The Chambord estate, a special study site for wild ungulates

At the Irstea Nogent-sur-Vernisson site, scientists are studying the interactions between wild ungulates (particularly deer and boar), the forest, and forest management practices. Through the work carried out at the Chambord national estate, they have been able to simultaneously study various aspects of these relationships and gain more insight into the services the animals provide, particularly in relation to forest ecosystem operation.

By consuming understory vegetation, dispersing seeds or turning the soil, deer, roe deer and wild boar play an important role in the forest ecosystem. In order to better define the processes involved, scientists from the Forest Ecosystems unit at Irstea Nogent-sur-Vernisson are currently running a research project in the prestigious Chambord national estate, a classified UNESCO world heritage site. The project is part of the Intelligence des patrimoines (Heritage Intelligence) program in the Centre-Val de Loire region, which aims to create socioeconomic value for research results. Known as Costaud1, the project aims to provide more insight into the contribution of ungulates to the operation of the ecosystem and the services provided to the Chambord estate, the largest enclosed forest park in Europe. Using an interdisciplinary, geohistorical, ecological and sociocultural approach, scientists have focused on how the landscape of the site, initially created as a hunting lodge for French king François I, has been molded over time by humans, particularly by hunting practices, and in parallel, how the ungulate population, kept high on the site, has impacted the ecological processes and biodiversity of the ecosystem.

"From a research perspective, the Chambord estate represents an exceptional experimental site: not only does it concentrate a high population of deer and wild boar in an enclosed estate, but given the historical hunting and extraction practices used to repopulate other forested areas, it also had the logistical capacity to capture and tag these large animals, making handling the individuals that our studies require a much easier task," clarifies Christophe Baltzinger, Irstea researcher in forest ecology and project manager.

Ungulates, the "Noah's ark" of forest plants

One of the project's results is a map tracing the history of the landscape from 1785 to today, which has been used to highlight its evolution: half forest and half agricultural in the 18th century, the estate was almost entirely covered in forest from the 19th century, as it is today. This change means it is now more suitable for ungulates, particularly with the creation of grassland areas over the last 50 years that are especially suited to their diet.

Aside from this geohistorical study, scientists obtained interesting results for ecological processes. For example, using several experiments aimed at studying seed dispersal mechanisms, usually transported by animal fur, scientists were able to show that regardless of species, most seeds fall very quickly (within the first hour), while a small proportion remain attached for a long time (less than 10% after 6 hours and 1% for more than two days) and are therefore transported across long distances, sometimes up to 3 kilometers away. They also discovered a new element that contributes to increasing this dispersal: a process of seed transfer between animals that occurs during social play or grooming activities.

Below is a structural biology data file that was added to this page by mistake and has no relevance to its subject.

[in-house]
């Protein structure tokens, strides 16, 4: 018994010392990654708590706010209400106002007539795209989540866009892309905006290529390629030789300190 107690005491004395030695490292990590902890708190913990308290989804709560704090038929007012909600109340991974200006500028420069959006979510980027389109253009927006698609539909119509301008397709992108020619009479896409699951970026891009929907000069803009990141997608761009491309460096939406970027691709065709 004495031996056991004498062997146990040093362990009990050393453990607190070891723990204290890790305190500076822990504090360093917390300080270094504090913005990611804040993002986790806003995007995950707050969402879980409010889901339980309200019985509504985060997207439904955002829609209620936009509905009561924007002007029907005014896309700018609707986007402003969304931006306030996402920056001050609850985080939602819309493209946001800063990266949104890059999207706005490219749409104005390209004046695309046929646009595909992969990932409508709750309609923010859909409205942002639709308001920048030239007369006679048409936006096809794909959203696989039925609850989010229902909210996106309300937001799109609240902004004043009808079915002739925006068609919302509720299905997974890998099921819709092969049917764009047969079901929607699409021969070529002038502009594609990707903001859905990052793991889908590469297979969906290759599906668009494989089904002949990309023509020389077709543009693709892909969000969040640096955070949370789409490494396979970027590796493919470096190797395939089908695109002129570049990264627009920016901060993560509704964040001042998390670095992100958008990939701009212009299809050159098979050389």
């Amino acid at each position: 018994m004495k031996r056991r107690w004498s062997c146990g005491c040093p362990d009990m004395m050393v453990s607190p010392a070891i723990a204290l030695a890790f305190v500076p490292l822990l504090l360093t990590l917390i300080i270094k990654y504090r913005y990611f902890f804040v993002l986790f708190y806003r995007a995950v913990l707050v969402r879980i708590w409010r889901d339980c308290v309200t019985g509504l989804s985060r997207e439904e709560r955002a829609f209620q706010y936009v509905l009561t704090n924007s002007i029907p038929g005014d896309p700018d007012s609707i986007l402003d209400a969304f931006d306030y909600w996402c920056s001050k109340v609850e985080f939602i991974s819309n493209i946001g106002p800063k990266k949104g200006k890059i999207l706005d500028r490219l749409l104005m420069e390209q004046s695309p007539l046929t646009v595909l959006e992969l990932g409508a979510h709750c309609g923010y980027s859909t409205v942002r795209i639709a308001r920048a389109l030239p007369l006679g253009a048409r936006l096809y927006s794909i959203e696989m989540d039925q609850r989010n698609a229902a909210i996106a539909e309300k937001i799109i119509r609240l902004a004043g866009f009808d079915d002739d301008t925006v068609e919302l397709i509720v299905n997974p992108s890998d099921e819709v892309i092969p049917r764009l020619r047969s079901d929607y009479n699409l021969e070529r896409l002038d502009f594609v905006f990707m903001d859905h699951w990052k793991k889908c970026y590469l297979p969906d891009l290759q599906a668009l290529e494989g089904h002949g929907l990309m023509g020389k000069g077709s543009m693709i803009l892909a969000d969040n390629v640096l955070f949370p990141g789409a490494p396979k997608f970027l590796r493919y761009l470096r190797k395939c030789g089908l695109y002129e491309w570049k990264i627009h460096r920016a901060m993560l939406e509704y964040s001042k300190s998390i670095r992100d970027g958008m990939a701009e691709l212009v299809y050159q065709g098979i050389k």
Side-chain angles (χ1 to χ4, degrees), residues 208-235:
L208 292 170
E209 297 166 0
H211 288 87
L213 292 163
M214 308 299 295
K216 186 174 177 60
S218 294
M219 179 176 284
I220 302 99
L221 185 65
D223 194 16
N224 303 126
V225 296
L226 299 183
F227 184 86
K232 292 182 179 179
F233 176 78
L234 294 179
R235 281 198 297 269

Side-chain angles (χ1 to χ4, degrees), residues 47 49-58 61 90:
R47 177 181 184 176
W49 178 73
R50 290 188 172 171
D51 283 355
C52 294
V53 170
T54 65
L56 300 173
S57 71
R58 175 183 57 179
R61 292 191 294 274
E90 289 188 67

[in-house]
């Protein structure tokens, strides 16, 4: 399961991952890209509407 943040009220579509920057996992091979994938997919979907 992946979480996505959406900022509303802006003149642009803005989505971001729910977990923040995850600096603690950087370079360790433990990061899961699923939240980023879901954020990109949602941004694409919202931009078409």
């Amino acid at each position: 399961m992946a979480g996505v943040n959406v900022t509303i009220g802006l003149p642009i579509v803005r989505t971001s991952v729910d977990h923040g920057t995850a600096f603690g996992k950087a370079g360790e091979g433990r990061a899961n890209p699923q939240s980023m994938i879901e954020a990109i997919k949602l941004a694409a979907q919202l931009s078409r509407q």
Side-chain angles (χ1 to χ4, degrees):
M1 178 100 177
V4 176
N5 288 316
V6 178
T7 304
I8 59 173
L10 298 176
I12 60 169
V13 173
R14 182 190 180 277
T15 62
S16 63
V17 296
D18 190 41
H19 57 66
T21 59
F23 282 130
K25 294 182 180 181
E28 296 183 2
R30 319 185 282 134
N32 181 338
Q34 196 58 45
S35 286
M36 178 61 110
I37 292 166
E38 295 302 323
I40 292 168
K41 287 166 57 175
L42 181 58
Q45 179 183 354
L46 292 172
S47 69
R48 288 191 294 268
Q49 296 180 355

Placing artificial colored seeds (on a doe) to study seed dispersal mechanisms. © Y. Boscardin/Irstea
Placing artificial colored seeds (on a doe) to study seed dispersal mechanisms. © Y. Boscardin/Irstea

"These results are particularly interesting to understand ungulate management in relation to forestry activity. The results show that although the diet of these large herbivores can limit or delay the growth of certain tree species that are relevant to forest managers, they also provide key services to the natural environment. As they travel over long distances, they help plants find better habitats and adapt to environmental changes, such as variations in land use or climate change," concludes Baltzinger.

In addition to improving scientific knowledge of these animal species, the conclusions of the Costaud project will provide information about the Chambord estate to be distributed to the general public: explanatory signs will be put up along the Grand Promenade, a trail through the Chambord forest that was opened to visitors in the summer of 2017.

Save the date: International conference on forest habitats and inhabited forests

On March 26 and 27, 2019, Irstea and other partners in the Costaud project are organizing an international conference focusing on interactions between usage, management methods, social practices and wild forest animals. Organized for managers (natural environments, animal populations) and scientists involved in the subject, the conference will be held at the Château de Chambord.

    For more information

    1- Contribution of wild ungulates to ecosystem operations and services provided in Chambord, Chambord-Châteaux restoration for the Heritage Intelligence program (2015-2018). Partners: Irstea; Laboratoire Cités, Territoires, Environnement et Sociétés [Cities, Regions, Environment and Companies Laboratory]; INSA Centre Val de Loire; Centre d’études supérieures sur la Renaissance [Renaissance Higher Education Center]; Domaine national de Chambord [Chambord National Estate]; Réserve de La Haute Touche [Haute Touche Zoological Park]; Office National de la Chasse et de la Faune Sauvage [National Office for Wildlife and Hunting].